A new COVID wave is coming, but most of us aren’t up to date with vaccines

Lynnette Hoffman

writer

Lynnette Hoffman

Managing Editor

Lynnette Hoffman

 

‘NOVIDs’ may benefit more from a booster due to their lack of hybrid immunity

COVID numbers are rising after a bit of a lull, says University of Melbourne clinical epidemiologist Professor Nancy Baxter, and “things are about to take off.”

Evidence of a new wave includes a 13.5% rise in COVID cases across the country this past week, and a 6.1% increase in hospitalisations last week, she says.

Recent research has shown that the longer it has been since someone had their last COVID vaccine, the higher their risk of developing severe disease if they contract COVID.

But the vast majority of Australians are not up to date with recommended boosters.

According to Professor Baxter there are still a lot of people in the community who are eligible for another booster, who would likely benefit from one, and for whom it is recommended by ATAGI, who have gone more than six months without a vaccine—and that includes people over 65 and those living in aged care facilities.

“Importantly this extends to residential aged care, which frankly I find very concerning,” Professor Baxter says. “When you look at individuals in residential aged care, only 30.6% are up to date with ATAGI recommendations.”

Put another way, almost 70% of residents in aged care are still at particularly increased risk without having had a vaccine dose or infection in the last six months.

Alarmingly, only 9.1% of eligible aged care residents have had a 2023 booster dose of a COVID-19 vaccine, according to Department of Health data.

This is particularly worrying given a new wave is on the horizon.

Professor Baxter says that while the ‘major bang for your buck is in that older population,’ it’s important to think of different age segments separately.

“Risk increases after age 50—so your 50-year-old will be more at risk than your 18-year-old and your 64-year-old will be at even higher risk, so we should be talking about risk differently in that group,” she says, adding that 18 to 29-year-olds also have a different risk to benefit ratio due to higher risk of side effects from the booster in that group.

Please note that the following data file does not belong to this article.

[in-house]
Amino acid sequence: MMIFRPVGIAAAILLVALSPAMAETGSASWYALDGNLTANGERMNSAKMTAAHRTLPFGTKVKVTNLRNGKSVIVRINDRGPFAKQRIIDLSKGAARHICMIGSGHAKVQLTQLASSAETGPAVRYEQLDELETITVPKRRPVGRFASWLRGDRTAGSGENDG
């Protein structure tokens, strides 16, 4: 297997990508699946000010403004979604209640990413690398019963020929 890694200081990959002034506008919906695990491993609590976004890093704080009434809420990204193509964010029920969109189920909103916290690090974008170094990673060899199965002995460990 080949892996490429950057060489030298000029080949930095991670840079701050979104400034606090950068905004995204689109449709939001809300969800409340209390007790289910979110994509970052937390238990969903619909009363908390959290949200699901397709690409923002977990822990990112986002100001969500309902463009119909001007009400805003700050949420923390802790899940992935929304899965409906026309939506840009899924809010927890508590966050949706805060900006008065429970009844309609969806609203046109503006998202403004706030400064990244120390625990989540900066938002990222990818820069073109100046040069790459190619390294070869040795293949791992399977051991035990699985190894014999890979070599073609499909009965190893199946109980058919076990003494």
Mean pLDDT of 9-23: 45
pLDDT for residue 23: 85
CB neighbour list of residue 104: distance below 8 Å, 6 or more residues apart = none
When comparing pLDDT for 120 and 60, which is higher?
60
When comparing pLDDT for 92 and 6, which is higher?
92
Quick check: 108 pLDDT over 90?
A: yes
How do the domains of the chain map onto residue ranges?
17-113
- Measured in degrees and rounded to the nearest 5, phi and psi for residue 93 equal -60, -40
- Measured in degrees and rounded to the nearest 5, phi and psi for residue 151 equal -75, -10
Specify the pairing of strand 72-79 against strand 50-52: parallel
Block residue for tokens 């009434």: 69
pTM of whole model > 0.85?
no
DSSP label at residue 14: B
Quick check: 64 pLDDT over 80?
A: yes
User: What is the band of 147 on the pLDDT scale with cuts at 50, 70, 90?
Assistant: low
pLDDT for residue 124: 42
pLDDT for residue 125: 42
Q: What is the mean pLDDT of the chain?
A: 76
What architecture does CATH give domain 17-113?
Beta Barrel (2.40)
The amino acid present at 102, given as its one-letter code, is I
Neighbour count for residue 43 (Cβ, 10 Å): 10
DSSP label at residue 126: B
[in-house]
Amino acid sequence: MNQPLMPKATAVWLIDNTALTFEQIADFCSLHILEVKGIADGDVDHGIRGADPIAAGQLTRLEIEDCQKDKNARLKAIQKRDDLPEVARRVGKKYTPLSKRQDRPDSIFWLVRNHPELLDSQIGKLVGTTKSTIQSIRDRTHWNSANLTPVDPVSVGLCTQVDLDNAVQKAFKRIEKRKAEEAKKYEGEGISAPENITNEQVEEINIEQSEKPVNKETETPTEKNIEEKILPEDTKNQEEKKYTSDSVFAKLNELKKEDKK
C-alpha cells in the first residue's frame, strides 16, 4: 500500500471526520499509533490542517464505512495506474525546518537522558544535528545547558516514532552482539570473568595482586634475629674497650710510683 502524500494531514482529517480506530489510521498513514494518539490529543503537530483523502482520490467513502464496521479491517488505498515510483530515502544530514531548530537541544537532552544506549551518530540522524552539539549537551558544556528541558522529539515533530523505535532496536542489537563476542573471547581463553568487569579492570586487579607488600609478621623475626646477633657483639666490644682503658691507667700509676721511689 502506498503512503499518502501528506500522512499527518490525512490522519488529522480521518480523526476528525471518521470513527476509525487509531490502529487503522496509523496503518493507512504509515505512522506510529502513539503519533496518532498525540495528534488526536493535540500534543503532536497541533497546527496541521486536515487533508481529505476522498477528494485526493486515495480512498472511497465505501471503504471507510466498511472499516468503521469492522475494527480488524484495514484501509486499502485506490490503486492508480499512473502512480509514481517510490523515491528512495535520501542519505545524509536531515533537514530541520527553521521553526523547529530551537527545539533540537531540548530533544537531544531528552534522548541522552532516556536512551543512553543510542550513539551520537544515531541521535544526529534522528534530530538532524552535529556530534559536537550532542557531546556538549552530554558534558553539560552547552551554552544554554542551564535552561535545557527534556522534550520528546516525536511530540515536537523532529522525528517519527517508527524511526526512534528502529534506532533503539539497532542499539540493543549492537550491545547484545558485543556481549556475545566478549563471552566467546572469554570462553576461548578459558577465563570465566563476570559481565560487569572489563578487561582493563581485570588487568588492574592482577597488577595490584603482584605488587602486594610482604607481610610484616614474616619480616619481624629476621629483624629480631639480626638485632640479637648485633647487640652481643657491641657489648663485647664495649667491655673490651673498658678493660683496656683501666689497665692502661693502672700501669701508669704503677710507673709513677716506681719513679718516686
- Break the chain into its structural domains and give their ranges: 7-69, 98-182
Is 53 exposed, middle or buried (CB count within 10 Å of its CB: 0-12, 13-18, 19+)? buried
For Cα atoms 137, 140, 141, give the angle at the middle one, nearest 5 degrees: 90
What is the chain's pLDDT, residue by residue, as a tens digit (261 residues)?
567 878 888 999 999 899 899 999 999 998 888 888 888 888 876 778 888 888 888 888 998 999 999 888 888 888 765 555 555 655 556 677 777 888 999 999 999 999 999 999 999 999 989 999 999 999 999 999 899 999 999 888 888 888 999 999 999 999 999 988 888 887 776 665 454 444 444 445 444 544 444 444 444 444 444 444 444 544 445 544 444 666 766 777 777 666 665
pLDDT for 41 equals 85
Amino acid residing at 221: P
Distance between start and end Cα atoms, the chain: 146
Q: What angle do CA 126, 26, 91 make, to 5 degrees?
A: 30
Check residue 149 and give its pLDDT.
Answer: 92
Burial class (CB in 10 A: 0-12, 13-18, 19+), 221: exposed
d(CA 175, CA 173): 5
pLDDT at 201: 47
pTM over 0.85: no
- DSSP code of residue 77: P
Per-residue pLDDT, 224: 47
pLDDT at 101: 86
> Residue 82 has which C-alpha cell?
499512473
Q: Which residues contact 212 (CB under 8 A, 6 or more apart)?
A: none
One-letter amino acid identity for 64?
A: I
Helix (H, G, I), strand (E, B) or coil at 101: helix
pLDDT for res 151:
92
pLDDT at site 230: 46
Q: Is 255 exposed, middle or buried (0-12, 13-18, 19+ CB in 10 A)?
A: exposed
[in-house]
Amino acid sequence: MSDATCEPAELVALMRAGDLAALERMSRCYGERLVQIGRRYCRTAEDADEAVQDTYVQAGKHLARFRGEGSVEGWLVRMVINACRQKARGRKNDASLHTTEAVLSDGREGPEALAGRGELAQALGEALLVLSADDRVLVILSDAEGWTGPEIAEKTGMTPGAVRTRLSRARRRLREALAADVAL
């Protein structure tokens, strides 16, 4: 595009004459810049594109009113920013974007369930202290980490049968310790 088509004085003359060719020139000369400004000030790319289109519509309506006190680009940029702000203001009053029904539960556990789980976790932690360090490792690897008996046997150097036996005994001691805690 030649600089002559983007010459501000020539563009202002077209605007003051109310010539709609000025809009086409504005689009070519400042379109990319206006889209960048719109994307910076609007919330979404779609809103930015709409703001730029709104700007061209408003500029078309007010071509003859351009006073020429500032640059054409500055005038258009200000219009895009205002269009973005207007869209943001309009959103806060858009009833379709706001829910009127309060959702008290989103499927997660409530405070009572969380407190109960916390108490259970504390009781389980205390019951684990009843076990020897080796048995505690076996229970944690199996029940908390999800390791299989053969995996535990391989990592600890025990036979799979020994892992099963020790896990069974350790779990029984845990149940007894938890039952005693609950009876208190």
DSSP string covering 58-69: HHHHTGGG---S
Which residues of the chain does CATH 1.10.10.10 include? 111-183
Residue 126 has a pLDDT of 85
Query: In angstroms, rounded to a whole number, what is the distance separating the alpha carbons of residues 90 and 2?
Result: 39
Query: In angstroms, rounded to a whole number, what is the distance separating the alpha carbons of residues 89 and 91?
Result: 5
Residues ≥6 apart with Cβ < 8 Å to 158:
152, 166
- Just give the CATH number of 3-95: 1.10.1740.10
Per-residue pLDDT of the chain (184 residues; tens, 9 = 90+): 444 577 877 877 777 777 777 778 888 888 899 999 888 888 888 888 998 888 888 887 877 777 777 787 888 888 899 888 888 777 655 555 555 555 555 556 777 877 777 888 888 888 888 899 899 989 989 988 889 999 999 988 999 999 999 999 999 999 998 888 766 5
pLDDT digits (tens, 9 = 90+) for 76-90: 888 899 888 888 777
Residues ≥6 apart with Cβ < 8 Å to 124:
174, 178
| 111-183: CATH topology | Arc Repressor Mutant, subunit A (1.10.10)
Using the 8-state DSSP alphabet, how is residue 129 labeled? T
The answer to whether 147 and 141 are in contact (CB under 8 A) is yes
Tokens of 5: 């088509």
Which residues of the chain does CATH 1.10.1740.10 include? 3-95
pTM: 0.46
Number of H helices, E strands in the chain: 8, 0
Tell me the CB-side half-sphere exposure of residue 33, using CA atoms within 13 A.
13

Another segment of the 18-64 age group who might particularly benefit from a booster are the NOVIDS; those who’ve never had COVID.

That’s because hybrid immunity plays a big part in the risk component underpinning ATAGI’s recommendations, with meta-analyses showing added protection of vaccine plus past infection.

“Vaccination is more important in people who have never had COVID, if it’s been 6 months from their last dose,” Professor Baxter says.

She also notes that there are also many people in the younger, lower risk age groups who have not ‘been boosted at all.’

“There are a lot of people who are still at just two doses, and it’s a game changer, that third dose. They do need that third dose,” she says.

To that end, Professor Baxter highlights the importance of being honest with patients that recommendations will continue to change.

To hear the latest COVID update from Professor Nancy Baxter, listen to the latest Going Viral episode.

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Lynnette Hoffman

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Lynnette Hoffman

Managing Editor

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